For five weeks, all has been still. Though kept occupied by our tasks researching current social, economic, medical, and natural developments in the Philippines and in the broader Southeast-Asian sphere, the interns in the Washington, D.C. office have not been laboring at a frantic pace. Until now.
Though floodwaters have since receded following torrents of rain earlier this month, the southern-most Filipino provincial island chain of Sulu has an extremely long road to full recovery. The concern of the locals is no longer drowning, but that of an unseen rising tide nonetheless. Though precautions may be made, there is no guarantee against contraction. Without access to adequate sanitation, mosquito netting and repellant, and water-purification equipment, mosquito-borne endemics such as malaria and dengue fever as well as cholera, dysentery, and typhoid fever, may take root and decimate the indigenous population.
Unique to each illness is an underlying culprit, spread by means independent of their human hosts. Female mosquitoes deposit eggs into pools of non-moving water, which then hatch into larvae, remain dormant as pupae, and within a time span of about one week hatch and emerge as adult mosquitoes. At some point a parasitic protist of the genus Plasmodium infects the adult mosquito, and may then be transmitted to a human, causing malaria. The mosquito may also insert its proboscis into a person who has a serotype of the Dengue fever virus, and then transmit the virus to other people. Cholera, dysentery, and typhoid fever are all caused by the bacteria Vibrio cholerae, of the genus Shigella, or Salmonella enterica, respectively, spread by the consumption of contaminated water, food, or direct contraction via bodily fluids. Such maladies are increasingly difficult to avoid after flooding because proper sanitation and hygiene practices literally cannot be enacted—the rising waters had carried with them human and animal waste and rubbish, polluting everything in their path. Wells were filled with sewage or runoff from what was once on the ground, and small tributaries were simmering pools of floating refuse. And as the floodwaters evaporated or were drained, left behind were literally millions of areas of stagnant water, from old tires to puddles—the breeding ground for female mosquitoes.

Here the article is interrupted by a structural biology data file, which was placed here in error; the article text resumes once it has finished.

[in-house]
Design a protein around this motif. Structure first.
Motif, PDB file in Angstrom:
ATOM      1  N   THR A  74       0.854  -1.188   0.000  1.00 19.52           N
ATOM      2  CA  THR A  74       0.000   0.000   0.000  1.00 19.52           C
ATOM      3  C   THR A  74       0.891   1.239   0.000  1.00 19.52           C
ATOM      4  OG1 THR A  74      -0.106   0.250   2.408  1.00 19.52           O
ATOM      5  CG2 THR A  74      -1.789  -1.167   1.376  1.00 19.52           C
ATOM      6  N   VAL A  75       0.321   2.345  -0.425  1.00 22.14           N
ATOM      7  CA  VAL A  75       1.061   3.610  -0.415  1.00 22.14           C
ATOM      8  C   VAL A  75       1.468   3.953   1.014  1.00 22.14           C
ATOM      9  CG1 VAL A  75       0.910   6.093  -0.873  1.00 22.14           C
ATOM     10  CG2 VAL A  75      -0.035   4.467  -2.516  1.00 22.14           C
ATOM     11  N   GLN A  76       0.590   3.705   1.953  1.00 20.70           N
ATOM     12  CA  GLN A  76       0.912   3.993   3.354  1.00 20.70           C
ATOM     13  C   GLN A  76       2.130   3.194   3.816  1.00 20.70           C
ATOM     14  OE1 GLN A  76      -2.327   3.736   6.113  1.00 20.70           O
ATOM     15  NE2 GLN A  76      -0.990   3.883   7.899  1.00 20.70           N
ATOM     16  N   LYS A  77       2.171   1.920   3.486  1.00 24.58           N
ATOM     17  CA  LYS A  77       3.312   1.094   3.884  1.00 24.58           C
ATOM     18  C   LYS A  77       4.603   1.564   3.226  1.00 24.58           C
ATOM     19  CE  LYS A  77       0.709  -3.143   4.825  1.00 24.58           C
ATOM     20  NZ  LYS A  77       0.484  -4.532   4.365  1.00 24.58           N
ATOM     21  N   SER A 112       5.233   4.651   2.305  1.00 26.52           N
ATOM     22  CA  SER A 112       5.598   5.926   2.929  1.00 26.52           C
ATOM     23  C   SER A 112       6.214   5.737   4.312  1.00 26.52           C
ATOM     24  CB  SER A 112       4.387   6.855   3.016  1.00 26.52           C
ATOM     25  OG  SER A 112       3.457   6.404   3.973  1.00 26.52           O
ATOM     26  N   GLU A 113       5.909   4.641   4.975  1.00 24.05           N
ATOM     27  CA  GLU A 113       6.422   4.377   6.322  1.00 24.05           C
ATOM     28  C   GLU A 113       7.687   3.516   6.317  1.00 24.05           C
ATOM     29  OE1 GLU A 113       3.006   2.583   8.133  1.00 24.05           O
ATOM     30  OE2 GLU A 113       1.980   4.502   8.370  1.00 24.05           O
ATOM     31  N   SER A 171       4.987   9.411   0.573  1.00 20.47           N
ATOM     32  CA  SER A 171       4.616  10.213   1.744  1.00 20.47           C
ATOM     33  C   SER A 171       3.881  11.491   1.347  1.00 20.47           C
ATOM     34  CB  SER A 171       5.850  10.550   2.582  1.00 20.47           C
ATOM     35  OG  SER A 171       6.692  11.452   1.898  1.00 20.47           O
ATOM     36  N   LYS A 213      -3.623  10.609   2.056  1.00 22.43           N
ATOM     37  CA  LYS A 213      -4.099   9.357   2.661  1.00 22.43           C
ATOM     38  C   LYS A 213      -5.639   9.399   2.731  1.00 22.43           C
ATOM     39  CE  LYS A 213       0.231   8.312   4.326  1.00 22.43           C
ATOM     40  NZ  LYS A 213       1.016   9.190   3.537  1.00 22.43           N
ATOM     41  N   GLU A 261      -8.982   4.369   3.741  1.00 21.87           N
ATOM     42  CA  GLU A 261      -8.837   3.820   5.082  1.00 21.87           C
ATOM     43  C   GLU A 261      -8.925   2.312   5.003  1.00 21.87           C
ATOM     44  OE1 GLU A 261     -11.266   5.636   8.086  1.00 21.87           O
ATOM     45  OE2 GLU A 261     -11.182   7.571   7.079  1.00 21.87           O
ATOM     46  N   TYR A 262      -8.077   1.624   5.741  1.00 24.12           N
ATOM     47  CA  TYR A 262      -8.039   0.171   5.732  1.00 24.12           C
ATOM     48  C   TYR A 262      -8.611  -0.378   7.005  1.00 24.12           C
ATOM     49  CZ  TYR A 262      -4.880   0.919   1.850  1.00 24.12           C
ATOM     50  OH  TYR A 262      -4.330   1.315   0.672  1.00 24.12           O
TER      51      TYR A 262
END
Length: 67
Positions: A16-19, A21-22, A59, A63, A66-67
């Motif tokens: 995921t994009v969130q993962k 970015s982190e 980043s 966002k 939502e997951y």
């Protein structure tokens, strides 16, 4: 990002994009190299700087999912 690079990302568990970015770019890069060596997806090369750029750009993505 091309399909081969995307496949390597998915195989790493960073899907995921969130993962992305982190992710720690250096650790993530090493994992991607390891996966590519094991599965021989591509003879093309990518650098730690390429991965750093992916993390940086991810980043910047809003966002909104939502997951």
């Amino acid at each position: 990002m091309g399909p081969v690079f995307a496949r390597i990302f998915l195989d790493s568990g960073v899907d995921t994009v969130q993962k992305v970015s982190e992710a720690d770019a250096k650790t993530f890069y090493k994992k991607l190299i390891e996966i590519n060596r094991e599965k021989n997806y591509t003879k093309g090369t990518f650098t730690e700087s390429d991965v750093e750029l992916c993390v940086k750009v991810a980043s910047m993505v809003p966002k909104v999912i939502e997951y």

Imperative to the effort of disease-prevention is immediate action by the local people to stifle the spread before it becomes an epidemic. But with their clean water infrastructure contaminated, the only sources of fuel to burn and boil water wet, and homes destroyed, we at Asia America Initiative sought to do as much as we could in order to assist our Filipino brethren before diseases carved their niche and began to take their toll on the hapless men, women, and children of Sulu. AmeriCares of Stamford, Connecticut was contacted with regards to an endeavor entitled ‘Operation Sulu Rescue’, an emergency intervention of hygiene kits (soap, toothbrushes and toothpaste, shampoo, and towels), pails, dry blankets, plastic sheets for temporary shelters, and water purification tablets to not only thwart the spread of disease, but also to bring a sense of normality to those who lost everything.
Our contact in the Philippines, Rohaniza Sumndad-Usman, had sent us the following statistics:
Total Families Affected: 4,816 (approximately 24,247)
Number of Deaths: 6
Number of Injured: 147
Destroyed Homes: 3
Partially-Damaged Homes: 1,454
At first AAI planned to ship the roughly five pallets of emergency supplies by air, but the 9,000-mile trip would be prohibitively expensive with AAI’s pitiful operating budget. Thus, it was decided that said supplies would be purchased in the Philippines with a donation from AmeriCares, supplemented with an input of capital from an amount that was set-aside for just such an emergency from a 2010 grant, courtesy of the government of Norway. The medical and sanitation supplies would then be transported by boat and by land caravan to their ultimate destinations, the counties of Jolo and Patikul.
As of 15:00 EST, we have sent a request but are awaiting an approval of our funding request from AmeriCares.
Thank you to all of those who have contributed and who are considering donating to the ongoing work of Asia America Initiative.